In addition to its commercial success, "Bossa Nova Baby" has been covered by various artists over the years and has been used in numerous films and TV shows, further solidifying its place in popular culture. Overall, "Bossa Nova Baby" is a fun and memorable song that exemplifies Elvis Presley's musical talent and enduring appeal as a legendary entertainer.
Crawfish is a song that was recorded by Elvis Presley for the soundtrack of his 1958 film "King Creole" as a duet with jazz singer Kitty White. The song was written by Fred Wise and Ben Weisman and was originally released as a single in 1958, with "Dixieland Rock" on the B-side.
The song "Crawfish" features a lively and upbeat rock and roll style, with a distinctive New Orleans-flavored rhythm. It incorporates elements of rockabilly, rhythm and blues, and early rock and roll, which were signature genres in Elvis Presley's music.
In the film "King Creole," Elvis Presley plays the character of Danny Fisher, a teenager from New Orleans who becomes embroiled in the city's seedy underworld. "Crawfish" is performed by Elvis in the film during a scene set in a nightclub, where he showcases his dynamic singing and charismatic stage presence.
The lyrics of "Crawfish" revolve around the metaphor of crawfish, a type of freshwater crustacean, as a symbol of the darker aspects of human nature and behavior. The song's lyrics explore themes of temptation, desire, and the dangers of succumbing to one's baser instincts. Despite its somewhat darker themes, the song's upbeat melody and Elvis Presley's energetic performance make it a catchy and memorable tune.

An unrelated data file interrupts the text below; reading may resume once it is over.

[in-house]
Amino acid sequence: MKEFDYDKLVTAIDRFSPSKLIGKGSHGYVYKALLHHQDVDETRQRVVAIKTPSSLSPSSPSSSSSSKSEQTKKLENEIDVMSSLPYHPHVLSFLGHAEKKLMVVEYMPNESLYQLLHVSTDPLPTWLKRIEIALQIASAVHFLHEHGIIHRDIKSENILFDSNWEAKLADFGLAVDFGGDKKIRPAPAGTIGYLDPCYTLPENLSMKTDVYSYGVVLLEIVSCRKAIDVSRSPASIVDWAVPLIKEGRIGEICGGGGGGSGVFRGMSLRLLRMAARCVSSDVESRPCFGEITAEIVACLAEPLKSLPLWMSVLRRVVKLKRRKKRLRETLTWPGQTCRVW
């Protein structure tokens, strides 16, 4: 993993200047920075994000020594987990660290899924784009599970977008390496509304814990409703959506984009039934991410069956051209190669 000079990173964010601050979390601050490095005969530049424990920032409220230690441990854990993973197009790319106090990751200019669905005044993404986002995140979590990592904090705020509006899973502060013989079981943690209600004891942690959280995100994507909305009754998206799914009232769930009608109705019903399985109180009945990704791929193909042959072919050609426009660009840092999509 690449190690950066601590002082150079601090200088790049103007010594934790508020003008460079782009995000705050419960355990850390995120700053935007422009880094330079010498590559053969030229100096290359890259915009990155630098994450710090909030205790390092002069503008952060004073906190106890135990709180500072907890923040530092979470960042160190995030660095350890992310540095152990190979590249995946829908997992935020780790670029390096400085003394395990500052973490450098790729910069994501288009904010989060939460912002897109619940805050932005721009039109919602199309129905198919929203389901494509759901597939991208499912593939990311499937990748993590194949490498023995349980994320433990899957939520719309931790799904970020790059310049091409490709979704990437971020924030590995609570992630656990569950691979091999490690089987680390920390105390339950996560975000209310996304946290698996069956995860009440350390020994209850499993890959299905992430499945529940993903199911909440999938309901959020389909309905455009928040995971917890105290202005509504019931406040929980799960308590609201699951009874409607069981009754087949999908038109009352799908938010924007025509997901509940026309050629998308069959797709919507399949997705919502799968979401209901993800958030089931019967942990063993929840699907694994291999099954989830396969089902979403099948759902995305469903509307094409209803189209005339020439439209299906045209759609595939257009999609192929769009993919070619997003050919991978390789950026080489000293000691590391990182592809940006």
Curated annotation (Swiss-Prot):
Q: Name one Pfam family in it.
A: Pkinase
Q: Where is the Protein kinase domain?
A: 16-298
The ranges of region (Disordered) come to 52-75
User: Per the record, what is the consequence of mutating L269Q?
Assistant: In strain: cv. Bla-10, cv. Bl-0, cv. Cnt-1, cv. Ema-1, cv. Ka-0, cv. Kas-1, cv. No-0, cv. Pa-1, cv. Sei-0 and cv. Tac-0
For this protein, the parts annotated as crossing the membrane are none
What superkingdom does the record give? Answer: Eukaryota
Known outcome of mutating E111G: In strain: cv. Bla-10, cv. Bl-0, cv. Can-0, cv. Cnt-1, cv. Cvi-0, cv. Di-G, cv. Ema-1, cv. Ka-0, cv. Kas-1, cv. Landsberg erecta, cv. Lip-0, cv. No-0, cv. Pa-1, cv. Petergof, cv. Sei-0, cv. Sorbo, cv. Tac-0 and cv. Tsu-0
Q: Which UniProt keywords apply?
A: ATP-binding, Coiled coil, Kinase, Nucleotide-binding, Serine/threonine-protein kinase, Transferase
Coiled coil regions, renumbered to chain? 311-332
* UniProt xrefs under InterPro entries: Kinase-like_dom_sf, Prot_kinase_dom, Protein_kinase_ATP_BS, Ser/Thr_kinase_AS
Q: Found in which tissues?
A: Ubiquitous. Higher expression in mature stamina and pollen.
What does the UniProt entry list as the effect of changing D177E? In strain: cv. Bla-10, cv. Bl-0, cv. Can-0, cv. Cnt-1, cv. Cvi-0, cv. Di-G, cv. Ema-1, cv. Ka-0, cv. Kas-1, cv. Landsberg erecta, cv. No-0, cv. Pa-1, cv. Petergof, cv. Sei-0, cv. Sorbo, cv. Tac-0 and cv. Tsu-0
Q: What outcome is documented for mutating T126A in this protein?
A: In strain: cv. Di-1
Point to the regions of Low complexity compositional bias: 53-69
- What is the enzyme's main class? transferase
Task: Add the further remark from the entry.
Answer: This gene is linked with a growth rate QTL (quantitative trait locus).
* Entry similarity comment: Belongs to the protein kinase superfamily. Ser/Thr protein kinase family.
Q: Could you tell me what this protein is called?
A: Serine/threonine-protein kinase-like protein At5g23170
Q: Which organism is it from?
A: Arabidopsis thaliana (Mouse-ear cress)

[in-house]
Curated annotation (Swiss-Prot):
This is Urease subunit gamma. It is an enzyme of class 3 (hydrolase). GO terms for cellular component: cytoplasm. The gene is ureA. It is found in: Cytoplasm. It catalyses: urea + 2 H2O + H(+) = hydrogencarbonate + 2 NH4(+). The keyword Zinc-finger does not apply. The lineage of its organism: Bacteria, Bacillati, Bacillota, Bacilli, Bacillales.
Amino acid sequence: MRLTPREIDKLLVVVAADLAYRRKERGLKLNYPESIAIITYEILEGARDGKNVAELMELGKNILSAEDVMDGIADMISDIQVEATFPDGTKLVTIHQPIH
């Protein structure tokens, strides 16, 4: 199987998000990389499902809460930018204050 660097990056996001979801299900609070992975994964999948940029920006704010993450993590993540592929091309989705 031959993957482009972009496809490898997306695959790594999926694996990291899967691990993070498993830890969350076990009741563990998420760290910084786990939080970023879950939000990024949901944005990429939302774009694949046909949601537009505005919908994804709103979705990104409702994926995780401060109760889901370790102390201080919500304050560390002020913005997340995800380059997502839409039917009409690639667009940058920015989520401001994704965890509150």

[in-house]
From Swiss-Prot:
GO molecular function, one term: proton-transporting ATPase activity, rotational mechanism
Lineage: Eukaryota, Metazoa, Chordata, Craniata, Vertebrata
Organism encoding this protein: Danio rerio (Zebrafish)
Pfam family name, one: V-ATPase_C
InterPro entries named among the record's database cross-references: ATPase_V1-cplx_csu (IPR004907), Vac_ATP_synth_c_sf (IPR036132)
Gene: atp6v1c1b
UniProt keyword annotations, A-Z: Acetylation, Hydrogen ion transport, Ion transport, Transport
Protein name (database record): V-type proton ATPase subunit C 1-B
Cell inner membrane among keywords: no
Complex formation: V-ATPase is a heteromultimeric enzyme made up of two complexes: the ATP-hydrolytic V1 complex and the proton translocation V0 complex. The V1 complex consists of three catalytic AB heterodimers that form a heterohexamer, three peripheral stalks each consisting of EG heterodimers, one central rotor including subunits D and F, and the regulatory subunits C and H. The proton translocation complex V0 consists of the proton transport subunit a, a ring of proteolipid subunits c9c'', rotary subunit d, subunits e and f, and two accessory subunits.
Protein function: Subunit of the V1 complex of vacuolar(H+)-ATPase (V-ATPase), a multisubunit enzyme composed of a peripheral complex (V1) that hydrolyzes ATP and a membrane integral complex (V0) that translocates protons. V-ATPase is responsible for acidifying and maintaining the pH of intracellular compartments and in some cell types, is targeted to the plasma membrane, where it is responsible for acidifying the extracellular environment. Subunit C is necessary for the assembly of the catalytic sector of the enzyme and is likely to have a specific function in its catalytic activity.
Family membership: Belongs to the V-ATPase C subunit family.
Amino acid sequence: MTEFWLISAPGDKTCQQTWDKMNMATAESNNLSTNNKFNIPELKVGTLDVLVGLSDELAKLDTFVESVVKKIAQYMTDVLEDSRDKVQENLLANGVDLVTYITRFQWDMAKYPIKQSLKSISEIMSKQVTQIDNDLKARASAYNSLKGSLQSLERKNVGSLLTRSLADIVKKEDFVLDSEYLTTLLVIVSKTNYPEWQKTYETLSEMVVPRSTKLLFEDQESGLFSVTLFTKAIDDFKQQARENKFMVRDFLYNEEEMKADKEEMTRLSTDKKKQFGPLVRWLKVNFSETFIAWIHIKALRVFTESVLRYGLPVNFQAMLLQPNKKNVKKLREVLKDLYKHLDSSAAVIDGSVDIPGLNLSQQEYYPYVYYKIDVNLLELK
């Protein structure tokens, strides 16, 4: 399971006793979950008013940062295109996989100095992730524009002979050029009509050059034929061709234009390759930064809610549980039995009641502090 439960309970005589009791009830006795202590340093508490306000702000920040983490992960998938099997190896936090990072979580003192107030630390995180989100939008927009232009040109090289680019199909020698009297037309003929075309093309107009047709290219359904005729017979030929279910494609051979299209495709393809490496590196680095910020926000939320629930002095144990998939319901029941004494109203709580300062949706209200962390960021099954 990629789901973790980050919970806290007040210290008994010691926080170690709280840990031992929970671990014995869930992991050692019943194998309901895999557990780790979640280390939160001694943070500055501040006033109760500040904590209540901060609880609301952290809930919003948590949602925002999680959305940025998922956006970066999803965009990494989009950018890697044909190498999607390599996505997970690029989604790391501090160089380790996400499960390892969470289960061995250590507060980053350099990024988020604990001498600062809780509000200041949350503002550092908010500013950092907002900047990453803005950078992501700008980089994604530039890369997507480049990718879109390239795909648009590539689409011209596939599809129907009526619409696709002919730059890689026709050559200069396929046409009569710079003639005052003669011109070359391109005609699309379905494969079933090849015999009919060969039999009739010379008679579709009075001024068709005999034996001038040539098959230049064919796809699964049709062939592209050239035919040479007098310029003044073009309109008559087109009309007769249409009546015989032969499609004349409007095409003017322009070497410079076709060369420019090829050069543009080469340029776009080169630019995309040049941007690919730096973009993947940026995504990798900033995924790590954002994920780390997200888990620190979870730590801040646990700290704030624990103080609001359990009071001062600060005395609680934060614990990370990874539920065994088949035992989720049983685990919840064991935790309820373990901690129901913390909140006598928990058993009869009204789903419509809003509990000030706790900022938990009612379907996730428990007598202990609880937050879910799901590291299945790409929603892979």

The track was never released as a single.
Doin' the Best I Can is a track that was included in his 1960 album "Elvis Is Back, marking the beginning of Elvis' return to recording after his military service. The album was recorded during several sessions in March and April 1960 at RCA Studios in Nashville, Tennessee. It was released in April 1960.
"Doin' the Best I Can" is a mid-tempo rock and roll song with a catchy melody. It features Elvis' energetic and charismatic vocal style that had become his trademark.
The "Elvis Is Back!" album showcased a range of styles, from rock and roll to ballads.
The lyrics of "Doin' the Best I Can" reflect themes of trying to make things work despite challenges and imperfections, which resonated with Elvis' life experiences at the time.
Don't Cry Daddy is a touching ballad that Elvis recorded during his later years. Elvis recorded "Don't Cry Daddy" on January 15, 1969, and released it as a single in 1969, with "Rubberneckin'" as the B-side. It was later included in Elvis' studio album "From Elvis in Memphis," which was released in 1969.
"Don't Cry Daddy" is a sentimental ballad that features Elvis' emotive vocal delivery. The song reflects themes of comfort and reassurance.
The song was recorded at American Sound Studio in Memphis, Tennessee, during a series of sessions that resulted in the "From Elvis in Memphis" album.
The single "Don't Cry Daddy" reached No. 6 on the Billboard Hot 100 chart.
El Toro is a Spanish-language song that Elvis recorded during his early career on February 1, 1955. The song was recorded at the RCA Studios in New York City.
"El Toro" has a Latin flavor and showcases Elvis' willingness to explore different musical styles and languages.
"El Toro" was written by Demetrio Ortiz, a songwriter known for his contributions to Mexican music.
While Elvis recorded the song, it was never released as a single but did appear on his album "Fun In Alcapulco".